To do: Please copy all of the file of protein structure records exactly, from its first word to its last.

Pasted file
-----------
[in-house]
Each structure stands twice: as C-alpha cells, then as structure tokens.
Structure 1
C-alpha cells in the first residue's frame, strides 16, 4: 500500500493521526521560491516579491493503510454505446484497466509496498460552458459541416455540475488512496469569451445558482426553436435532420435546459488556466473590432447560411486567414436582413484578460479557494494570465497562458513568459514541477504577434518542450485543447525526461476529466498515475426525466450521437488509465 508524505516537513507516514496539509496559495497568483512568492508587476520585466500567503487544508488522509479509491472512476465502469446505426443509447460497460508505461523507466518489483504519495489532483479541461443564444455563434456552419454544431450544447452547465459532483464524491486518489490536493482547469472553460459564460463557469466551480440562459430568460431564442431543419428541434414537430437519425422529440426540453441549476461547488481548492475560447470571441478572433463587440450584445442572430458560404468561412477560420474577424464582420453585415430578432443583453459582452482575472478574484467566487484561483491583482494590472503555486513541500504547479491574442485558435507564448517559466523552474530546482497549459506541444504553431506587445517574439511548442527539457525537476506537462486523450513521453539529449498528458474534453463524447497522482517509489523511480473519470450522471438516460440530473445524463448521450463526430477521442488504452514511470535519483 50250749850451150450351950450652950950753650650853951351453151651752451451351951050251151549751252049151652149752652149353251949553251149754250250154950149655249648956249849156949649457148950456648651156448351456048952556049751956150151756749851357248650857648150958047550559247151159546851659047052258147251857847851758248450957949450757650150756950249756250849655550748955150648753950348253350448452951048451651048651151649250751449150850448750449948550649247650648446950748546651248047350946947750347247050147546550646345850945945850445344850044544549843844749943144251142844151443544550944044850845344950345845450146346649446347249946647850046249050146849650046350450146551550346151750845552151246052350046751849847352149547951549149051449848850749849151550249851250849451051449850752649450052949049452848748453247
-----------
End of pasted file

[in-house]
Each structure stands twice: as C-alpha cells, then as structure tokens.
Structure 1
C-alpha cells in the first residue's frame, strides 16, 4: 500500500493521526521560491516579491493503510454505446484497466509496498460552458459541416455540475488512496469569451445558482426553436435532420435546459488556466473590432447560411486567414436582413484578460479557494494570465497562458513568459514541477504577434518542450485543447525526461476529466498515475426525466450521437488509465 508524505516537513507516514496539509496559495497568483512568492508587476520585466500567503487544508488522509479509491472512476465502469446505426443509447460497460508505461523507466518489483504519495489532483479541461443564444455563434456552419454544431450544447452547465459532483464524491486518489490536493482547469472553460459564460463557469466551480440562459430568460431564442431543419428541434414537430437519425422529440426540453441549476461547488481548492475560447470571441478572433463587440450584445442572430458560404468561412477560420474577424464582420453585415430578432443583453459582452482575472478574484467566487484561483491583482494590472503555486513541500504547479491574442485558435507564448517559466523552474530546482497549459506541444504553431506587445517574439511548442527539457525537476506537462486523450513521453539529449498528458474534453463524447497522482517509489523511480473519470450522471438516460440530473445524463448521450463526430477521442488504452514511470535519483 50250749850451150450351950450652950950753650650853951351453151651752451451351951050251151549751252049151652149752652149353251949553251149754250250154950149655249648956249849156949649457148950456648651156448351456048952556049751956150151756749851357248650857648150958047550559247151159546851659047052258147251857847851758248450957949450757650150756950249756250849655550748955150648753950348253350448452951048451651048651151649250751449150850448750449948550649247650648446950748546651248047350946947750347247050147546550646345850945945850445344850044544549843844749943144251142844151443544550944044850845344950345845450146346649446347249946647850046249050146849650046350450146551550346151750845552151246052350046751849847352149547951549149051449848850749849151550249851250849451051449850752649450052949049452848748453247